Congratulations! You just got a heck of a deal buying a foreclosed property! Maybe you plan to live in it. Or perhaps you plan to fix it up and sell it, or renovate it and rent it for more than the previous owner was getting. Maybe you have a great idea for revitalization and want to turn some run-down apartments into luxury condos. Well, due to a new law signed by Governor Quinn on August 21, 2013, these options just became a lot more complicated if your new property already has renters. Public Act 098-0514 becomes law 90 days from August 21, 2013. It provides many additional protections to renters with bona fide leases on properties. At the crux of these changes is section 9-207.5, which provides that the buyer at a judicial sale ( or, also, the mortgagee, the receiver appointed during the foreclosure process, the buyer at a judicial sale, or the holder of a certificate of sale, or holder of deed issued pursuant to certificate of sale who assumes control of the residential real estate) may only end a lease at the end of the term with at least 90 days’ notice, or, if the lease is month-to-month or week-to-week, it can be ended at any time with 90 days’ notice. However, if you have purchased the home with the intent of making it your home, then you can give the tenants 90 days’ notice regardless of when the lease term ends.
These provisions revolve around the definition of a “bona fide” lease. For the purposes of this code only, a bona fide written or oral lease may not exist if the person just foreclosed on, his spouse, child, or parent is the lessee unless that person can prove by a preponderance of the evidence that the transaction was at arms-length, that the amount paid for rent was not substantially less than fair market rent (unless subsidized by the government) and that the lease was entered into or renewed before the lis pendens was filed, or renewed after the lis pendens but before the date of judicial sale, and that it was for a period less than one year. If the prior owner or possessor of the property attempts to enter into or renew a lease before the lis pendens and before the judicial sale that is for more than one year, and it meets the other factors, it shall be a bona fide lease, but for a term of only one year. An oral lease shall be presumed to be a month-to-month term, unless the tenant can prove by a preponderance of the evidence that it was supposed to be for longer, however, in no case can it be for longer than a one year term. In the case of either a written or oral lease, if entered after the date of judicial sale but before confirmation of the sale by the judge, then the lease can only be for a month-to-month term.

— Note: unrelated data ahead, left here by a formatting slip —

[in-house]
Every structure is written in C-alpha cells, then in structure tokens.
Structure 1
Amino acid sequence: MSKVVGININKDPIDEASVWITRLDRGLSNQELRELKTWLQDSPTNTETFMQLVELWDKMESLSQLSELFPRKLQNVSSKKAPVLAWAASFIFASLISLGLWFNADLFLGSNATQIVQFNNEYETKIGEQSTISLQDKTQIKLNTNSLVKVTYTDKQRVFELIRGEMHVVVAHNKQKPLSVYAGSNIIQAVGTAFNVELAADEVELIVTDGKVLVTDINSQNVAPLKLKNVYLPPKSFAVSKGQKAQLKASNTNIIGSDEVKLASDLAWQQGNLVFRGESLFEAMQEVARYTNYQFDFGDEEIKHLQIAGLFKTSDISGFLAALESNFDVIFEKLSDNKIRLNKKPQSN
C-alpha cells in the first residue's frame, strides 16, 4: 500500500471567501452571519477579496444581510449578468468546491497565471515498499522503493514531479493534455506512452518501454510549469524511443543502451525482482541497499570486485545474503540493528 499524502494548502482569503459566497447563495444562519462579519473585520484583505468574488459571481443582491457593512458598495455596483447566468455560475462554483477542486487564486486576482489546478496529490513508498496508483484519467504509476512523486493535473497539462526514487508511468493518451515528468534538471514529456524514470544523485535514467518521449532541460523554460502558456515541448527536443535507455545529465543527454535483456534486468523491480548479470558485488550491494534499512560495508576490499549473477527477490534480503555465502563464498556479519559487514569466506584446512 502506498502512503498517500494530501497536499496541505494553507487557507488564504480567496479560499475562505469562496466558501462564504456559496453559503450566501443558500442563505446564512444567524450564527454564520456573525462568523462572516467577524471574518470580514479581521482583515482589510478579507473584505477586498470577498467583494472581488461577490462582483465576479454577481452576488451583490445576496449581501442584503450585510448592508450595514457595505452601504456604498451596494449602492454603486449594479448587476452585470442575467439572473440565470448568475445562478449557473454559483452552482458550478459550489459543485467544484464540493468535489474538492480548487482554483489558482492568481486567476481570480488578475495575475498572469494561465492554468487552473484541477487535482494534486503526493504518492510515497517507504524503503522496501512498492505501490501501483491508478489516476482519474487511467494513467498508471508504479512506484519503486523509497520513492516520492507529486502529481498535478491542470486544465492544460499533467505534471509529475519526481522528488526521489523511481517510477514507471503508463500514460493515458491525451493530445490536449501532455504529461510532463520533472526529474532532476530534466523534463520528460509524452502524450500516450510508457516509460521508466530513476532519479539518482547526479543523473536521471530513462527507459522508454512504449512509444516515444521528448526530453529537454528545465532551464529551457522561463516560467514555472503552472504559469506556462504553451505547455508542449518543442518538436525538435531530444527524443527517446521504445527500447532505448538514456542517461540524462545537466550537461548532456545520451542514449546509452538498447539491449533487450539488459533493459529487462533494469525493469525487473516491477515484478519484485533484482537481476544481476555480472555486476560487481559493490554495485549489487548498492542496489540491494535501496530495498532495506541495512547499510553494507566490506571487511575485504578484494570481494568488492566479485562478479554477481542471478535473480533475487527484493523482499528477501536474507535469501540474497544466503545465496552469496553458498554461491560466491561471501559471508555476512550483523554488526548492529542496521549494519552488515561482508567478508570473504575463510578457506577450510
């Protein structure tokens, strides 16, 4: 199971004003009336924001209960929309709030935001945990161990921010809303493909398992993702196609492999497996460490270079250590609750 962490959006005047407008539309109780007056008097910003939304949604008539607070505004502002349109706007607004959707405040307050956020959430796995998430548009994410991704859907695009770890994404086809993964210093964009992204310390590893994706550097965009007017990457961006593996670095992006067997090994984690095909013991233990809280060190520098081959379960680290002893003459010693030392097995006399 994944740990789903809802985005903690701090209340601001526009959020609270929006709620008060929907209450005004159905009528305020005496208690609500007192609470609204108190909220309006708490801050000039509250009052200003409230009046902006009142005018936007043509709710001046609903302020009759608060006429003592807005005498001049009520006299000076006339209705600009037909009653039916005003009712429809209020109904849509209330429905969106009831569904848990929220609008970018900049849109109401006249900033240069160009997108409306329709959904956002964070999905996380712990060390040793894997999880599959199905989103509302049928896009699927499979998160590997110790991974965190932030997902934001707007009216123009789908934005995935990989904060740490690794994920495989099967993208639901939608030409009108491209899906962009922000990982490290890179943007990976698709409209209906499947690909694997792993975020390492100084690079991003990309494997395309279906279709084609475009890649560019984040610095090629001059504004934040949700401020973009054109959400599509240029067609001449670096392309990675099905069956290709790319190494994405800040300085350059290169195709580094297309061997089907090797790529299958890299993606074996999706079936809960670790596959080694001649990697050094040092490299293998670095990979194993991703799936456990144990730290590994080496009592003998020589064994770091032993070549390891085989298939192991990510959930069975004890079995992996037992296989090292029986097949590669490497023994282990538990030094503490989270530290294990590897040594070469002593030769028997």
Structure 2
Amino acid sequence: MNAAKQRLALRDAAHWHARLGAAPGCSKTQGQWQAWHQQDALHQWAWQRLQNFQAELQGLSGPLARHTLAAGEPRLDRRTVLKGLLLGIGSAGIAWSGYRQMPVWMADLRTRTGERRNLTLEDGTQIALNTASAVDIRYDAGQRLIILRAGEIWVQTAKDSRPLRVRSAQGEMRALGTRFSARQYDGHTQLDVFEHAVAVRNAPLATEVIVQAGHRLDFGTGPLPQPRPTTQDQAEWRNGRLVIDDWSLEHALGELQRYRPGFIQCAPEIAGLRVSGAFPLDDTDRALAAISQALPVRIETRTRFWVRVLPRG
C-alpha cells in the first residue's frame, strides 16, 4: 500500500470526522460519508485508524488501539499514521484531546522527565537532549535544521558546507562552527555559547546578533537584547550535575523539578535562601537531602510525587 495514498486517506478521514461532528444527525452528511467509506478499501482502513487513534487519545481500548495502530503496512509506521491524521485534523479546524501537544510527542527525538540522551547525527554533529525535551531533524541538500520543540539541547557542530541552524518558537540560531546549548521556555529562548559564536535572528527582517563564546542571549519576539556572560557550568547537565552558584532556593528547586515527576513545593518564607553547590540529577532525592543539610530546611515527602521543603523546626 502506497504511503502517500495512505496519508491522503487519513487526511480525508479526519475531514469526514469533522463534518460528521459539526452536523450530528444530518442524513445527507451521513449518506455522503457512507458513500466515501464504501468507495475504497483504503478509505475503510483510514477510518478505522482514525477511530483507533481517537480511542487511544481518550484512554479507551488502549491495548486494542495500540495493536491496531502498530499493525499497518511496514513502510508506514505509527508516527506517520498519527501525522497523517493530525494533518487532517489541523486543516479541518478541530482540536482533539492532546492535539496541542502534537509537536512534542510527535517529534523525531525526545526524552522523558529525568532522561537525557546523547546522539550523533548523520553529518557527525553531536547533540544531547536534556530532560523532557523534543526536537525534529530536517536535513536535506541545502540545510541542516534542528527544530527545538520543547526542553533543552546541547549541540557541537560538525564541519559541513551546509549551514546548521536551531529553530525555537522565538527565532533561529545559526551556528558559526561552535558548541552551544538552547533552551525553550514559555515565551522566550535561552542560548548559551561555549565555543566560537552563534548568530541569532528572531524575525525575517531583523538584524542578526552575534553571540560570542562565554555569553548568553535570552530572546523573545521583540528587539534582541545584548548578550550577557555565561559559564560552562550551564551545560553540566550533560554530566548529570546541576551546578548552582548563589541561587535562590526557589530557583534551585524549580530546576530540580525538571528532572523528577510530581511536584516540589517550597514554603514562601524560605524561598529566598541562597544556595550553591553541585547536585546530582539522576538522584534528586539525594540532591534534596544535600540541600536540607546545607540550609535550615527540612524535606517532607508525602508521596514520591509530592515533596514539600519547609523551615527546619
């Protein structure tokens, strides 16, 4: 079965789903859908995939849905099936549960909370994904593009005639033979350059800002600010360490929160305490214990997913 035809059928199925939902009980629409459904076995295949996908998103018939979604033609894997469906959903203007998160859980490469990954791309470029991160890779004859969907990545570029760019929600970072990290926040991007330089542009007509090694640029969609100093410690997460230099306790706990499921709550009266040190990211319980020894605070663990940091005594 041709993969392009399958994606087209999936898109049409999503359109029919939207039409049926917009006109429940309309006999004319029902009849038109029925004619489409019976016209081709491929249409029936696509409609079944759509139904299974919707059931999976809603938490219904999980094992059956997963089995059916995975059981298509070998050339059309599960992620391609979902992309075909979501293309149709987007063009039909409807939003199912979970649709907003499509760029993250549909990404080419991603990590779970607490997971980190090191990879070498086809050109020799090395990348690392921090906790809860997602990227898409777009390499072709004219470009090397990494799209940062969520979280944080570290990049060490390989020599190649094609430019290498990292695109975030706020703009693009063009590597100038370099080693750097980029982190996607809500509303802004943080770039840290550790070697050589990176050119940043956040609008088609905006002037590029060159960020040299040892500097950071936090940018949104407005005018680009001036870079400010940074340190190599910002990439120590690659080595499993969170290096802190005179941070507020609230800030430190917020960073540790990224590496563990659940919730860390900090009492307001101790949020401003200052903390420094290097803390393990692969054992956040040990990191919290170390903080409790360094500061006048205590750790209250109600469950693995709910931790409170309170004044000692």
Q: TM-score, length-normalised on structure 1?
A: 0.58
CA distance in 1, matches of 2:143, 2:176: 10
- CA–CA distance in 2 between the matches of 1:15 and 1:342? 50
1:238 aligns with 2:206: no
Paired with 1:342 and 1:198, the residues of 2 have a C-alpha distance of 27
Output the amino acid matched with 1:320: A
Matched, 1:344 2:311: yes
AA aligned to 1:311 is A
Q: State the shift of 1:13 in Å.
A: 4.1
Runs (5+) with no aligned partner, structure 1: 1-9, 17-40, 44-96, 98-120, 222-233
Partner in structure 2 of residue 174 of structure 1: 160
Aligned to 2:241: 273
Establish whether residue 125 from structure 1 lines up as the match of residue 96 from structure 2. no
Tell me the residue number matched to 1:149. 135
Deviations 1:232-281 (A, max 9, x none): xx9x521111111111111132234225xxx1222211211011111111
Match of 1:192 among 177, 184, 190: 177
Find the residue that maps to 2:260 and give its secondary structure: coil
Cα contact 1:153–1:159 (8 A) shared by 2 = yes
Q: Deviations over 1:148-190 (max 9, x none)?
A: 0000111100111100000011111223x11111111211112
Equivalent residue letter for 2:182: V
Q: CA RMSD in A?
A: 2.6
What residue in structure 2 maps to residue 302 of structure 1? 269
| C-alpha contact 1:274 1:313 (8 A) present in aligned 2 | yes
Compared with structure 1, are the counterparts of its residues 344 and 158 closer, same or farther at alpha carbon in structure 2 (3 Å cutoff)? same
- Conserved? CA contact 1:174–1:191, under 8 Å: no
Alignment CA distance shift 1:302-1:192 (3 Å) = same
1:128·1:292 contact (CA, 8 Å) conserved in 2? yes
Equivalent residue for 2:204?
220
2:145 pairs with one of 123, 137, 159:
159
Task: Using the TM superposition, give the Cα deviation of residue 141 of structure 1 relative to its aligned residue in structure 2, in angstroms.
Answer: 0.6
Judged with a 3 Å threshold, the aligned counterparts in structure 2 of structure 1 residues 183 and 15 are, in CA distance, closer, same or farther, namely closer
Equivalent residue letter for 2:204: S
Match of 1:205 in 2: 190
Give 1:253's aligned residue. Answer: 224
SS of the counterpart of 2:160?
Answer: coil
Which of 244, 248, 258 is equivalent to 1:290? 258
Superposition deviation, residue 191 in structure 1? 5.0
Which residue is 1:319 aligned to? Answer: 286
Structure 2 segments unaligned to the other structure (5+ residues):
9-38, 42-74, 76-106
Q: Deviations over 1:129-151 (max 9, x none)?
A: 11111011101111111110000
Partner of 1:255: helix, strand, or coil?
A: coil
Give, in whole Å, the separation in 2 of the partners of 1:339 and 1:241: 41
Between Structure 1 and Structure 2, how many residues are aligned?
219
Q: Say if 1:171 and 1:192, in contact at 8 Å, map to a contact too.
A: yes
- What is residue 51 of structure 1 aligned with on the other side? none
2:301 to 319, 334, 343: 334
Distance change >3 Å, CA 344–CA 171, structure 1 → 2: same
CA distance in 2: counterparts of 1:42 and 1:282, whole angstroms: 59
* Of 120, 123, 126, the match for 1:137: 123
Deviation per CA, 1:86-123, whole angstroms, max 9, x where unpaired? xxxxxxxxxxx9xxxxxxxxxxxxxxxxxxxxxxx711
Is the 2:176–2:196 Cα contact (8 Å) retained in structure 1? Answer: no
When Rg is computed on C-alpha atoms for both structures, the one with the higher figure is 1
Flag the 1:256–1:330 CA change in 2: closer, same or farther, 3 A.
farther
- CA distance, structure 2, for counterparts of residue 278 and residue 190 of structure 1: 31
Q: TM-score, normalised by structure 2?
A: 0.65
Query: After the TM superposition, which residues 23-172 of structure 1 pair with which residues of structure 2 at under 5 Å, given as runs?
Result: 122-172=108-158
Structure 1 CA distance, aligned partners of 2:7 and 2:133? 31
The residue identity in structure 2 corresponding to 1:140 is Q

These sections apply to residential property, which in this code means any single piece of property except agricultural land more than 40 acres, with a single family residence, condo units, or other multiple dwelling units containing single family units for one or more families living independently of one another.
There were already many complicated rules in place regarding occupants of residential real estate. These new laws just add another layer of complexity, but are important to understand if you are thinking about buying residential real estate through a foreclosure. If the current occupants have a bona fide lease, you have to give them at least 90 days’ notice that you are terminating the lease. You may actually be subjecting yourself to occupants for far longer if the lease is bona fide. For example, if the current occupant has a bona-fide, multi-year lease that just started for a dwelling unit and remains current in fair market rent, you could be stuck with them for years. The only exception is if you are going to be making the property just purchased into your residence. Keep in mind, however, that if you become a reluctant landlord because of a pre-existing bona-fide lease, the rules regarding forcible entry and detainer, i.e., eviction, continue to apply. You are also obligated to follow all the rules applicable to landlords. Which could mean expensive repairs for a property that you don’t mean to keep in its current state. For a thorough reading of the new laws, see www.ilga.gov
Navigating a real estate purchase of any kind is difficult. If done on your own, a purchase that seems like a great investment can instantly become a nightmare. Trust the knowledgeable attorneys at Zanck, Coen, Wright & Saladin for help with all of your real estate transactions, whether big or small, residential or commercial. We are also experienced in zoning and ordinance matters. We can help your dreams and ideas come true.